I was fascinated by the recent conversation with Jonathan Spitz in which he describes the inner workings of an essentially leaderless (or all-leader, depending on your interpretation) organization.
His story of Orpheus initially conjured up mental images for me of often dysfunctional and combative meetings where, to borrow a tired but still applicable metaphor, there are too many cooks in the kitchen. But Spitz explains that by show time, “we've decided that the music is going to go this way…. everybody on that stage is working with all their passion to make that interpretation come alive.”
In my career, I have twice worked with another conductor, Roger Nierenberg, who leads a very powerful experiential exercise, dubbed The Music Paradigm, in which participants are seated scattered in and amongst an actual, full-size professional orchestra, plucked from wherever the meeting happens to be held. Nierenberg leads the musicians through a series of exercises while drawing parallels between a working orchestra and corporate life.
He initially asks the orchestra to just go ahead and play a piece of music, while he simply sits down and listens. At first, the musicians look a bit befuddled, but they soon get their bearings and start to play. The result, particularly while you are seated in the middle of the orchestra, is quite breathtaking. These are after all, professional musicians who perform together on a regular basis.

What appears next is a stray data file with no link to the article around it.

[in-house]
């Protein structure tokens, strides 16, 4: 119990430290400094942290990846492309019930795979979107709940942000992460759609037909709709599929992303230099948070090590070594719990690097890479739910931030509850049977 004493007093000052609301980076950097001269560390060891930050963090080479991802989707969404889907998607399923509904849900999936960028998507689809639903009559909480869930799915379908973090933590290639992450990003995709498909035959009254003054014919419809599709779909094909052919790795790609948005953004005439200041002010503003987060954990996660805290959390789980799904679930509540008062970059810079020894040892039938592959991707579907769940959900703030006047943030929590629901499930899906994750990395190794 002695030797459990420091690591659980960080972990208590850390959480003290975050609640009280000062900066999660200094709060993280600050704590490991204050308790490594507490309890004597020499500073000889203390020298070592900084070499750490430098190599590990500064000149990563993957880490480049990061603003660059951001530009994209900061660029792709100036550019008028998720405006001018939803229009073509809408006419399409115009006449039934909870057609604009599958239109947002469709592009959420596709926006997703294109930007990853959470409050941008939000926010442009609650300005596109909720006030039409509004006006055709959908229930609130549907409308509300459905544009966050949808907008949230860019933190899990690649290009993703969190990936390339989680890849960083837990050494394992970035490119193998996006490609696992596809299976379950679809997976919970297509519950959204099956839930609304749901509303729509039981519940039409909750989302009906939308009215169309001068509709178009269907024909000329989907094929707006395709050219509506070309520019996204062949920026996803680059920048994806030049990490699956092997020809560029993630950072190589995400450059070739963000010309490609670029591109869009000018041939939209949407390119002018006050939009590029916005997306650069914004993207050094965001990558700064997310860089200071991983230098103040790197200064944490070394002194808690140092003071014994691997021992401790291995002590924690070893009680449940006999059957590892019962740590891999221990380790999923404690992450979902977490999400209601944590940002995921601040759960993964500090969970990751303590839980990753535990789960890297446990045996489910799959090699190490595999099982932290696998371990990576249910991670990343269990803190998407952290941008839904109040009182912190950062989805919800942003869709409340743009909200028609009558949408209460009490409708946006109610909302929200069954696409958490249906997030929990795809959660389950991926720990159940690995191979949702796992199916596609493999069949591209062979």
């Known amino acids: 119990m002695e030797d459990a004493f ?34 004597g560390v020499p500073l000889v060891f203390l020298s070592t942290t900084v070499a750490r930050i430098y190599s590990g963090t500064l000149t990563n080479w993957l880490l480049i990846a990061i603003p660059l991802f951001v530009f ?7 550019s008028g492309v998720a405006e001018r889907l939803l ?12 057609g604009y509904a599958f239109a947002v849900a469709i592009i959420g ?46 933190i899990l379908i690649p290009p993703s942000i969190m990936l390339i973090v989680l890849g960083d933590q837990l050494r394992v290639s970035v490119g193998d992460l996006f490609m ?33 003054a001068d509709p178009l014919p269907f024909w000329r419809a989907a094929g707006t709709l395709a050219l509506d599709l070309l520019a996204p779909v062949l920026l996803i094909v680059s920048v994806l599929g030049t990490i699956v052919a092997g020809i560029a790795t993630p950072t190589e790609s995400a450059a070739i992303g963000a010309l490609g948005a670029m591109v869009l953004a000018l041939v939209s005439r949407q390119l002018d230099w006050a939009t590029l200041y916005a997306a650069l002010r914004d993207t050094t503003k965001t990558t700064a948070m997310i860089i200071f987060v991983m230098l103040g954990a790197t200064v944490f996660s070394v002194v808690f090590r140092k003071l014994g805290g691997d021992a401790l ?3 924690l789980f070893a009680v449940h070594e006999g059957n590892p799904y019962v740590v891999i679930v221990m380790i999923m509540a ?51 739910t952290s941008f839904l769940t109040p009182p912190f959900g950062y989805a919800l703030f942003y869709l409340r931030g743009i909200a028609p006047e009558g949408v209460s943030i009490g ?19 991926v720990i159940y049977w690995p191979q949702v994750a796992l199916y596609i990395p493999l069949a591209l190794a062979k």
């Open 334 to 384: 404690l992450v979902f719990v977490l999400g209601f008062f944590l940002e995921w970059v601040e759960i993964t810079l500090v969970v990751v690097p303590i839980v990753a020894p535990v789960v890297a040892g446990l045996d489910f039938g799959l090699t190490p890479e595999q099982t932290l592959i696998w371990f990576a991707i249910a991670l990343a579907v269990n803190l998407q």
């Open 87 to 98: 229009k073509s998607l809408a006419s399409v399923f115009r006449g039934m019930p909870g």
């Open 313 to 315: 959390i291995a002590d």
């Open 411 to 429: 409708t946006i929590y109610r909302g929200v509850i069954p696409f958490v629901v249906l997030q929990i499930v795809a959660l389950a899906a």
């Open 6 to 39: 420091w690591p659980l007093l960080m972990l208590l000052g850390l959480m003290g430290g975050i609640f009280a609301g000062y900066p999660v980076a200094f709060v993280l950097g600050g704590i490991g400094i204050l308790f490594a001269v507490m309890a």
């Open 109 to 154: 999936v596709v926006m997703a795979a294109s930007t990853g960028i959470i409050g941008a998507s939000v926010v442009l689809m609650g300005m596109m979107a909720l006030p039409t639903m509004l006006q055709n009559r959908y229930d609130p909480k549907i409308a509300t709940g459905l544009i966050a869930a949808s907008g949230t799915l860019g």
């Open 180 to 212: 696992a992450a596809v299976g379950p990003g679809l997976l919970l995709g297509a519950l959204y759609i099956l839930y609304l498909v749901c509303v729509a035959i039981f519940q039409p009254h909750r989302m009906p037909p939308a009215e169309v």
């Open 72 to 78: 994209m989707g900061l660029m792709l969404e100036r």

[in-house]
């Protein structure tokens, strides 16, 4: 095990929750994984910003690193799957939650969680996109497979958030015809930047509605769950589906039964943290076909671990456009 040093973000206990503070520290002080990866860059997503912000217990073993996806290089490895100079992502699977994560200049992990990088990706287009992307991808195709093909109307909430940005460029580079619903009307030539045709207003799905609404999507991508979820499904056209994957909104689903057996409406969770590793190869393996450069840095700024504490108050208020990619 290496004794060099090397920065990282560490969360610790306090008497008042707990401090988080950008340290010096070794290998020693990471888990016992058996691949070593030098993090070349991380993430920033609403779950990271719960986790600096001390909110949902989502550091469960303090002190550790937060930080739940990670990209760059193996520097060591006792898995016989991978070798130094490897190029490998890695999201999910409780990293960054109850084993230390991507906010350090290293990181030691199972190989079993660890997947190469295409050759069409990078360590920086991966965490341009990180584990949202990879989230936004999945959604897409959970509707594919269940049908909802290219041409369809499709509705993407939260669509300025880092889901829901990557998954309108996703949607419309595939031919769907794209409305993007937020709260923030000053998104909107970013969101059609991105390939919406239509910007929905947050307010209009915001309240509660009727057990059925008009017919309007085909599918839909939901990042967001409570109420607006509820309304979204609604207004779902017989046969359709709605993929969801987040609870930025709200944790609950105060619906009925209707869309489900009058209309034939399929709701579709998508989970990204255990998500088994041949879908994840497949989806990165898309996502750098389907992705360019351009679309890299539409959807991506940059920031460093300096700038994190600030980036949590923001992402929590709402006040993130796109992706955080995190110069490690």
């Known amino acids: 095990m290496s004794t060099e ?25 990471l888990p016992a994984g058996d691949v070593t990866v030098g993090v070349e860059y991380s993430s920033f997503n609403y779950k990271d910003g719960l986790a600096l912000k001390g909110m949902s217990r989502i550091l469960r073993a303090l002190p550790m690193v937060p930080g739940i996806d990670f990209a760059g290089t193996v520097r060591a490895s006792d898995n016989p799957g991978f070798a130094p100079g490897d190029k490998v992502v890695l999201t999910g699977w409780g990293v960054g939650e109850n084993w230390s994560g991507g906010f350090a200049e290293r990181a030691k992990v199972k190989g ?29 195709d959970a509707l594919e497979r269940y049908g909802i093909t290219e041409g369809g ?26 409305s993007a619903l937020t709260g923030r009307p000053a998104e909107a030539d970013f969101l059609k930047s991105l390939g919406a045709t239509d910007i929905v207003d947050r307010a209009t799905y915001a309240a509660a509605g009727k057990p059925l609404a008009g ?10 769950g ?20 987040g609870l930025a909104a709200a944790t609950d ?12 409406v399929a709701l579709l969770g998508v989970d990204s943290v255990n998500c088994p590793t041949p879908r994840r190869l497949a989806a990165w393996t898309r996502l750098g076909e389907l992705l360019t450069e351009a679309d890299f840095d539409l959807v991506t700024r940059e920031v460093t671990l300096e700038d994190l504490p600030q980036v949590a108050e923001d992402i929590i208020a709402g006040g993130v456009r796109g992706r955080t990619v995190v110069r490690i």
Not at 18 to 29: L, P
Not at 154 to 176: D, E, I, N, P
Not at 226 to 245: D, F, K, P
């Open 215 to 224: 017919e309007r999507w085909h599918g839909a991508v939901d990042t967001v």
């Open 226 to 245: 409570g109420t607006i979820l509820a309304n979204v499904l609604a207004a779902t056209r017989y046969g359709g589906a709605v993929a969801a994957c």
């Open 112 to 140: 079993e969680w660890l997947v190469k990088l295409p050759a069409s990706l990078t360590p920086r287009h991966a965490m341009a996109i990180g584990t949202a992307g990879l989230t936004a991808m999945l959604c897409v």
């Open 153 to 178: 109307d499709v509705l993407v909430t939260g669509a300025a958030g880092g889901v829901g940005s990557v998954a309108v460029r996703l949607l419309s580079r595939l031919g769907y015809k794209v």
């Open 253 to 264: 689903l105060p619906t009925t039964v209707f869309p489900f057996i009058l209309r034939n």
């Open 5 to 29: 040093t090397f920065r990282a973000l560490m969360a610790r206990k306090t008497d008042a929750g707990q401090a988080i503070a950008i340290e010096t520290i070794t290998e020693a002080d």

But then Nierenberg takes up the baton, and starts guiding the musicians. And even to the untrained ear, the difference is striking. Suddenly, everything comes together in subtle but powerful ways that were missing before. The music is more nuanced, the timing tighter, the emotion of the music somehow even more powerful.
Both of these stories illustrate to me the importance of leadership -- however it may be arrived at -- in creating a compelling vision, encouraging others to follow that vision and, above all, trusting in the natural talents of your team to deliver on that vision. A leader must know when to “conduct” and when to step back and allow the unique talents of his or her employees to flourish on their own.
The difference between good leadership and truly great leadership can be as subtle as a wave of a baton, but in the right hands, the results can be dramatic.